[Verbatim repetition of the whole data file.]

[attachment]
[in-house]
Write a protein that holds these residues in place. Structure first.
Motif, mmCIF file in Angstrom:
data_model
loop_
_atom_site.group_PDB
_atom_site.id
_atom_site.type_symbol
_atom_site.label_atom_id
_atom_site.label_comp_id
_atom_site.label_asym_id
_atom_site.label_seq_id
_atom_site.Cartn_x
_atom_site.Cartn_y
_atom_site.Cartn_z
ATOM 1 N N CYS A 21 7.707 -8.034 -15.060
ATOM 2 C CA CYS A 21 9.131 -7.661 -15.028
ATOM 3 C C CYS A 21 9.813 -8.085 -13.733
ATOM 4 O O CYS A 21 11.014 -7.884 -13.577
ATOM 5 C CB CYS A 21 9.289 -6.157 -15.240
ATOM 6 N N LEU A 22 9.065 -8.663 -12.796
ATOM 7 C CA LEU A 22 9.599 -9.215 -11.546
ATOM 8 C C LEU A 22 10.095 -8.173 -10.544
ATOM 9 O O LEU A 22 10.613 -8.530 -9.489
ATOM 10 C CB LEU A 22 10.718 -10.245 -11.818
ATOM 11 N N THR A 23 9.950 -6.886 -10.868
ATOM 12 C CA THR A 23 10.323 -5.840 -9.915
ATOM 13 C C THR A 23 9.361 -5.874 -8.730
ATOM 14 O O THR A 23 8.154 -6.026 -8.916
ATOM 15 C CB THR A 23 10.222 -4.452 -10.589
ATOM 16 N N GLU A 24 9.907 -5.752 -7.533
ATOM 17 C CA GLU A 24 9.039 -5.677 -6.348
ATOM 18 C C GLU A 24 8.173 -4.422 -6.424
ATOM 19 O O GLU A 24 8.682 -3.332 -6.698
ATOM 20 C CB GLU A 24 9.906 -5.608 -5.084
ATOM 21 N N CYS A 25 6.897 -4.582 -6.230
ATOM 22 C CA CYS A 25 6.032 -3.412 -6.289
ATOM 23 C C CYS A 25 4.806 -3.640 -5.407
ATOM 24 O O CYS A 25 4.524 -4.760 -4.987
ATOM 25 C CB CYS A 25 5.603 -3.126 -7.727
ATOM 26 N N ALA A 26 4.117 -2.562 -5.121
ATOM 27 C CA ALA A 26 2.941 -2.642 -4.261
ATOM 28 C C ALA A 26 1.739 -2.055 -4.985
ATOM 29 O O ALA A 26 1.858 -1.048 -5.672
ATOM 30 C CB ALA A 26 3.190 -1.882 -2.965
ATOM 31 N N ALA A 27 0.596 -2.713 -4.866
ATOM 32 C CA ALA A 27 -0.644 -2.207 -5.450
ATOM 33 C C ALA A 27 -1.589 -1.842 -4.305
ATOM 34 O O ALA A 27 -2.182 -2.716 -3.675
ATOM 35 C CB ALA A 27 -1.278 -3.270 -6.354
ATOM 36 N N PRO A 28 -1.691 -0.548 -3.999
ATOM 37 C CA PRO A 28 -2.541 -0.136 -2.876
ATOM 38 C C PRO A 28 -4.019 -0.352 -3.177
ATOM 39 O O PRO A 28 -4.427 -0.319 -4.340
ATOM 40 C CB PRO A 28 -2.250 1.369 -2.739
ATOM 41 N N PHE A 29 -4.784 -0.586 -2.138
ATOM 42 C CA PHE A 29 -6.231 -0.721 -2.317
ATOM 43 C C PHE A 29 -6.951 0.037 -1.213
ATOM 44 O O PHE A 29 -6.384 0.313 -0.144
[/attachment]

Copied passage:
[in-house]
Write a protein that holds these residues in place. Structure first.
Motif, mmCIF file in Angstrom:
data_model
loop_
_atom_site.group_PDB
_atom_site.id
_atom_site.type_symbol
_atom_site.label_atom_id
_atom_site.label_comp_id
_atom_site.label_asym_id
_atom_site.label_seq_id
_atom_site.Cartn_x
_atom_site.Cartn_y
_atom_site.Cartn_z
ATOM 1 N N CYS A 21 7.707 -8.034 -15.060
ATOM 2 C CA CYS A 21 9.131 -7.661 -15.028
ATOM 3 C C CYS A 21 9.813 -8.085 -13.733
ATOM 4 O O CYS A 21 11.014 -7.884 -13.577
ATOM 5 C CB CYS A 21 9.289 -6.157 -15.240
ATOM 6 N N LEU A 22 9.065 -8.663 -12.796
ATOM 7 C CA LEU A 22 9.599 -9.215 -11.546
ATOM 8 C C LEU A 22 10.095 -8.173 -10.544
ATOM 9 O O LEU A 22 10.613 -8.530 -9.489
ATOM 10 C CB LEU A 22 10.718 -10.245 -11.818
ATOM 11 N N THR A 23 9.950 -6.886 -10.868
ATOM 12 C CA THR A 23 10.323 -5.840 -9.915
ATOM 13 C C THR A 23 9.361 -5.874 -8.730
ATOM 14 O O THR A 23 8.154 -6.026 -8.916
ATOM 15 C CB THR A 23 10.222 -4.452 -10.589
ATOM 16 N N GLU A 24 9.907 -5.752 -7.533
ATOM 17 C CA GLU A 24 9.039 -5.677 -6.348
ATOM 18 C C GLU A 24 8.173 -4.422 -6.424
ATOM 19 O O GLU A 24 8.682 -3.332 -6.698
ATOM 20 C CB GLU A 24 9.906 -5.608 -5.084
ATOM 21 N N CYS A 25 6.897 -4.582 -6.230
ATOM 22 C CA CYS A 25 6.032 -3.412 -6.289
ATOM 23 C C CYS A 25 4.806 -3.640 -5.407
ATOM 24 O O CYS A 25 4.524 -4.760 -4.987
ATOM 25 C CB CYS A 25 5.603 -3.126 -7.727
ATOM 26 N N ALA A 26 4.117 -2.562 -5.121
ATOM 27 C CA ALA A 26 2.941 -2.642 -4.261
ATOM 28 C C ALA A 26 1.739 -2.055 -4.985
ATOM 29 O O ALA A 26 1.858 -1.048 -5.672
ATOM 30 C CB ALA A 26 3.190 -1.882 -2.965
ATOM 31 N N ALA A 27 0.596 -2.713 -4.866
ATOM 32 C CA ALA A 27 -0.644 -2.207 -5.450
ATOM 33 C C ALA A 27 -1.589 -1.842 -4.305
ATOM 34 O O ALA A 27 -2.182 -2.716 -3.675
ATOM 35 C CB ALA A 27 -1.278 -3.270 -6.354
ATOM 36 N N PRO A 28 -1.691 -0.548 -3.999
ATOM 37 C CA PRO A 28 -2.541 -0.136 -2.876
ATOM 38 C C PRO A 28 -4.019 -0.352 -3.177
ATOM 39 O O PRO A 28 -4.427 -0.319 -4.340
ATOM 40 C CB PRO A 28 -2.250 1.369 -2.739
ATOM 41 N N PHE A 29 -4.784 -0.586 -2.138
ATOM 42 C CA PHE A 29 -6.231 -0.721 -2.317
ATOM 43 C C PHE A 29 -6.951 0.037 -1.213
ATOM 44 O O PHE A 29 -6.384 0.313 -0.144